The corecursive definitions below are accepted if the option --guardedness is active:

{-# OPTIONS --guardedness #-}

(An alternative approach is to use Sized Types.)

Coinductive Records

It is possible to define the type of infinite lists (or streams) of elements of some type A as follows:

record Stream (A : Set) : Set where
    hd : A
    tl : Stream A

As opposed to inductive record types, we have to introduce the keyword coinductive before defining the fields that constitute the record.

It is interesting to note that it is not necessary to give an explicit constructor to the record type Stream.

Now we can use copatterns to create Streams, like one that repeats a given element a infinitely many times:

repeat : {A : Set} (a : A) -> Stream A
hd (repeat a) = a
tl (repeat a) = repeat a

We can also define pointwise equality (a bisimulation and an equivalence) of a pair of Streams as a coinductive record:

record _≈_ {A} (xs : Stream A) (ys : Stream A) : Set where
    hd-≡ : hd xs  hd ys
    tl-≈ : tl xs  tl ys

Using copatterns we can define a pair of functions on Streams such that one returns the elements in the even positions and the other the elements in the odd positions:

even :  {A}  Stream A  Stream A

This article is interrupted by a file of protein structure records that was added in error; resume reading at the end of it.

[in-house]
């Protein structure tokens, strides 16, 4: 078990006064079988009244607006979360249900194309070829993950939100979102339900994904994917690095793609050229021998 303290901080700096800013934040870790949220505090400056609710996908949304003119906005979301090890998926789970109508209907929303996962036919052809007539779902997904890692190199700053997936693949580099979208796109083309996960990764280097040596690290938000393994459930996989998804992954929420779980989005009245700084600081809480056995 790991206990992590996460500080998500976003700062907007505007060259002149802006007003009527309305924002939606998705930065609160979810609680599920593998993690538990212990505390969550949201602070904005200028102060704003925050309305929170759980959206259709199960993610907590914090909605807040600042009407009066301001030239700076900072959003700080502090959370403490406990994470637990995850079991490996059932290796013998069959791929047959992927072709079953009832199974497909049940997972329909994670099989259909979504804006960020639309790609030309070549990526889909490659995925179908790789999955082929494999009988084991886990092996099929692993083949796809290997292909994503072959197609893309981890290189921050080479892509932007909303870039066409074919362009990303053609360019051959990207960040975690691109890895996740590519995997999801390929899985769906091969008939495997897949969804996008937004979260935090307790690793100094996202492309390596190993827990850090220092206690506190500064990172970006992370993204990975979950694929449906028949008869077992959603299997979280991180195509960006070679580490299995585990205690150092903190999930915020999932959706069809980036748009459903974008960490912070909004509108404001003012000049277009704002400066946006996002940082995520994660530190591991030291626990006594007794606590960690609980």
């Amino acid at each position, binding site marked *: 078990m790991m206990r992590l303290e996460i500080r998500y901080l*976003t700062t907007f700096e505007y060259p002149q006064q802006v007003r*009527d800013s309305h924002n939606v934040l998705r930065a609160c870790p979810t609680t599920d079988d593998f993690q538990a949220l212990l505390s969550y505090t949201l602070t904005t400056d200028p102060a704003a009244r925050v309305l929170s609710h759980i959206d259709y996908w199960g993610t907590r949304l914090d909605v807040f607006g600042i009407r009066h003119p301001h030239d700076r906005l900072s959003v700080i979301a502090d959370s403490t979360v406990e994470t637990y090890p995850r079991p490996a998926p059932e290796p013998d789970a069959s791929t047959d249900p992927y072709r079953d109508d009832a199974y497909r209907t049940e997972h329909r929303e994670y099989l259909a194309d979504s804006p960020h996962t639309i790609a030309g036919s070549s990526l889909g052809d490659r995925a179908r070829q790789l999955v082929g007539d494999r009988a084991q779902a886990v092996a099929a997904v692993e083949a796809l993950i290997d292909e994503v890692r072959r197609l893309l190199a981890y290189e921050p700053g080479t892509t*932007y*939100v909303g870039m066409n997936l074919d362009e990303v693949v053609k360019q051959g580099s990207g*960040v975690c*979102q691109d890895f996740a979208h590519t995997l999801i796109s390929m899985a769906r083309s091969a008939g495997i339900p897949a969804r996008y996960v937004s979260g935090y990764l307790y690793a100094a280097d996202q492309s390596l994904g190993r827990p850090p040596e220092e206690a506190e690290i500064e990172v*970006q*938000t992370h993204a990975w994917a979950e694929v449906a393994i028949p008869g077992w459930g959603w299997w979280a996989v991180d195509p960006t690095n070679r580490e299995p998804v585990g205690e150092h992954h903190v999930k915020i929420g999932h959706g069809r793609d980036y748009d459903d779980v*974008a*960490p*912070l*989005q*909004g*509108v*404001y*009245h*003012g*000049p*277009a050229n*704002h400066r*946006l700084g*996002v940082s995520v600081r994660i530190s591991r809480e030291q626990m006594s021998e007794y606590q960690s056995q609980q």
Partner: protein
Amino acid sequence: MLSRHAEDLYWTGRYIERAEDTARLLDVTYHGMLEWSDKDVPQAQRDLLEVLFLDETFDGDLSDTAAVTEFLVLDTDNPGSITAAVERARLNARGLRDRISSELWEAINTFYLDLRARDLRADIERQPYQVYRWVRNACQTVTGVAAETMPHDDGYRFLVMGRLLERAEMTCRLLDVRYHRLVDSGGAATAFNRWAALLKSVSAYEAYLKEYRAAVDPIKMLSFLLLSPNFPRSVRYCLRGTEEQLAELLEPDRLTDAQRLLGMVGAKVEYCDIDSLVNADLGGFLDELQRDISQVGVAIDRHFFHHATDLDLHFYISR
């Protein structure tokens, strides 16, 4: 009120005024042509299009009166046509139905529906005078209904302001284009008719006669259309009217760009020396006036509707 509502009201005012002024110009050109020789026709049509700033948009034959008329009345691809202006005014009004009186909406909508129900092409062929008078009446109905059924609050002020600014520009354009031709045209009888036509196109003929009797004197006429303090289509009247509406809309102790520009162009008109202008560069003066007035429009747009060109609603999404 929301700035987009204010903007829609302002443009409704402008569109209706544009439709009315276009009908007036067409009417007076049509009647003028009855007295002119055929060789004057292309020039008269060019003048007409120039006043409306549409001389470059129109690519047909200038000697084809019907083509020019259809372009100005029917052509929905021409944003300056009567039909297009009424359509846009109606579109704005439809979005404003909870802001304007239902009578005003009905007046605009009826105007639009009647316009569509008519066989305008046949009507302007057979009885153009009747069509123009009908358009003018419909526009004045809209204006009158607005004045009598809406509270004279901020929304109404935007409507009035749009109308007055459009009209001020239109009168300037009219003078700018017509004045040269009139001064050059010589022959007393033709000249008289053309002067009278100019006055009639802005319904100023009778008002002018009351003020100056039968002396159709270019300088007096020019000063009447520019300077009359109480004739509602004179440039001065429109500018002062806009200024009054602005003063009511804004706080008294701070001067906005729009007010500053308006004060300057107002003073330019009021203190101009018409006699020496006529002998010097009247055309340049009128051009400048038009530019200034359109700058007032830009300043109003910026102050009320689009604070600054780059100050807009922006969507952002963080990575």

hd (even xs) = hd xs
tl (even xs) = even (tl (tl xs))

odd :  {A}  Stream A  Stream A
odd xs = even (tl xs)

split :  {A}  Stream A  Stream A × Stream A
split xs = even xs , odd xs

as well as a function that merges a pair of Streams by interleaving their elements:

merge :  {A}  Stream A × Stream A  Stream A
hd (merge (xs , ys)) = hd xs
tl (merge (xs , ys)) = merge (ys , tl xs)

Finally, we can prove that merge is a left inverse for split:

merge-split-id :  {A} (xs : Stream A)  merge (split xs)  xs
hd-≡ (merge-split-id _)  = refl
tl-≈ (merge-split-id xs) = merge-split-id (tl xs)

Coinductive Record Constructors

It is possible to give an explicit constructor to coinductive record types like Stream:

record Stream' (A : Set) : Set where
  constructor cons
    hd : A
    tl : Stream' A

However, this constructor cannot be pattern-matched:

-- Get the third element of a stream
third : {A}  Stream' A  A

-- Not allowed:
-- third (cons _ (cons _ (cons x _))) = x

Instead, you can use the record fields as projections:

third str = str .tl .tl .hd

The constructor can be used as usual in the right-hand side of definitions:

-- Prepend a list to a stream
prepend : {A}  List A  Stream' A  Stream' A
prepend [] str = str
prepend (a  as) str = cons a (prepend as str)

However, it doesn’t count as ‘guarding’ for the productivity checker:

-- Make a stream with one element repeated forever
cycle : {A}  A  Stream' A

-- Does not termination-check:
-- cycle a = cons a (cycle a)

Instead, you can use copattern matching:

cycle a .hd = a
cycle a .tl = cycle a

It is also possible to use copattern-matching lambdas:

cycle' : {A}  A  Stream' A
cycle' a = λ where
  .hd  a
  .tl  cycle' a

For more information on these restrictions, see this pull request, and this commit.

The ETA pragma

Agda does not permit the eta-equality directive in coinductive record declarations, since η for coinductive types is unsafe in general and can make the type checker loop. For instance, the following code would lead to infinite η expansion when checking test:

record R : Set where